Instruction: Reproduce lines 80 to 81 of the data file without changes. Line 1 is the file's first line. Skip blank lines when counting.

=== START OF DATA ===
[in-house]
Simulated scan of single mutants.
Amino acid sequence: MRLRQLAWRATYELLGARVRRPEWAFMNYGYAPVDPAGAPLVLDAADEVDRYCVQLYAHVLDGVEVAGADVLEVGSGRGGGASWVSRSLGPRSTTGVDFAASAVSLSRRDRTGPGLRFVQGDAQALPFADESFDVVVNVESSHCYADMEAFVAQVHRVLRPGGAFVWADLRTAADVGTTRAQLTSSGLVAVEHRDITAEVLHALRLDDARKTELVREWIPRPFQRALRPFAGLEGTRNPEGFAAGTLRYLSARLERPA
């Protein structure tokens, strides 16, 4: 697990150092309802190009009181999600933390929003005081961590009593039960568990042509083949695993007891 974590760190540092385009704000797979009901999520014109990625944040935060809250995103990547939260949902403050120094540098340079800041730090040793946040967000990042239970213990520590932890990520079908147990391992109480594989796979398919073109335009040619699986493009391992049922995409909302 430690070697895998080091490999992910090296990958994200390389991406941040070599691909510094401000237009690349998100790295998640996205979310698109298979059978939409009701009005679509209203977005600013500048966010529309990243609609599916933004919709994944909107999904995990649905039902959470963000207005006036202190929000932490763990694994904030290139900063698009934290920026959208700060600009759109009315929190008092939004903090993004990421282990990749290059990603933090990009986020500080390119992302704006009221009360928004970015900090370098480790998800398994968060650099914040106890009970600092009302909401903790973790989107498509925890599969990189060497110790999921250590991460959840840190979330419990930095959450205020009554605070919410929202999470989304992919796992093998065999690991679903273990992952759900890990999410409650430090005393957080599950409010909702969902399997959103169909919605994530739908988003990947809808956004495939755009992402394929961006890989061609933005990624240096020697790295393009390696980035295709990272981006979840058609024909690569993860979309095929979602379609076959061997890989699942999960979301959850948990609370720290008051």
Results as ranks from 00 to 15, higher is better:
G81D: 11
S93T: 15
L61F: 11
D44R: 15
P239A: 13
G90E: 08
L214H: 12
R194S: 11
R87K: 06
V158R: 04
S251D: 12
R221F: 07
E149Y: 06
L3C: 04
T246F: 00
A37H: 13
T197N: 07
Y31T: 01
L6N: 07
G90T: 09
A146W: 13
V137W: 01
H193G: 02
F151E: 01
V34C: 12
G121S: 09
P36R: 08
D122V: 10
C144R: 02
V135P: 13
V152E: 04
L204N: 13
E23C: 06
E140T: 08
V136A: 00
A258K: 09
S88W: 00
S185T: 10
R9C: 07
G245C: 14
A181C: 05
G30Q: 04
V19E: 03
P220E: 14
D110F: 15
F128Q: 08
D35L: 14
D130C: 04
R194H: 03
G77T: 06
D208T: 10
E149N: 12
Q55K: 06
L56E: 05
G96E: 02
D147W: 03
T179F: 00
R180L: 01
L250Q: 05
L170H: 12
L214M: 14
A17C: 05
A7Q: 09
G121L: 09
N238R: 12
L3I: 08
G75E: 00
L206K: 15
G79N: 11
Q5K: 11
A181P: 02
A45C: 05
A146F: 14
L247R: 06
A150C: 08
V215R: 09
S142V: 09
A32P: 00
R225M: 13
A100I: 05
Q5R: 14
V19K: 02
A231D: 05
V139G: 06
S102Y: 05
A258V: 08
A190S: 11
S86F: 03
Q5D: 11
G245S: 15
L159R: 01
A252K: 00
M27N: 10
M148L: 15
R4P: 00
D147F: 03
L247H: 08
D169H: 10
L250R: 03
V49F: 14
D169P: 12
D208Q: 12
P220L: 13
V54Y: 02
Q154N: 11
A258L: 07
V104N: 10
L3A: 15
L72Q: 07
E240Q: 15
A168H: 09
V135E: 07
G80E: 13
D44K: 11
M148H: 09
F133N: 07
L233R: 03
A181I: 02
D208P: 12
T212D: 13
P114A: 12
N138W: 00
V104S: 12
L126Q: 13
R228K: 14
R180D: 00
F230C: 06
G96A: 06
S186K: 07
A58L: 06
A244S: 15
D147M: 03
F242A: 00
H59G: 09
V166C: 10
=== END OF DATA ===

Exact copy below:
A150C: 08
V215R: 09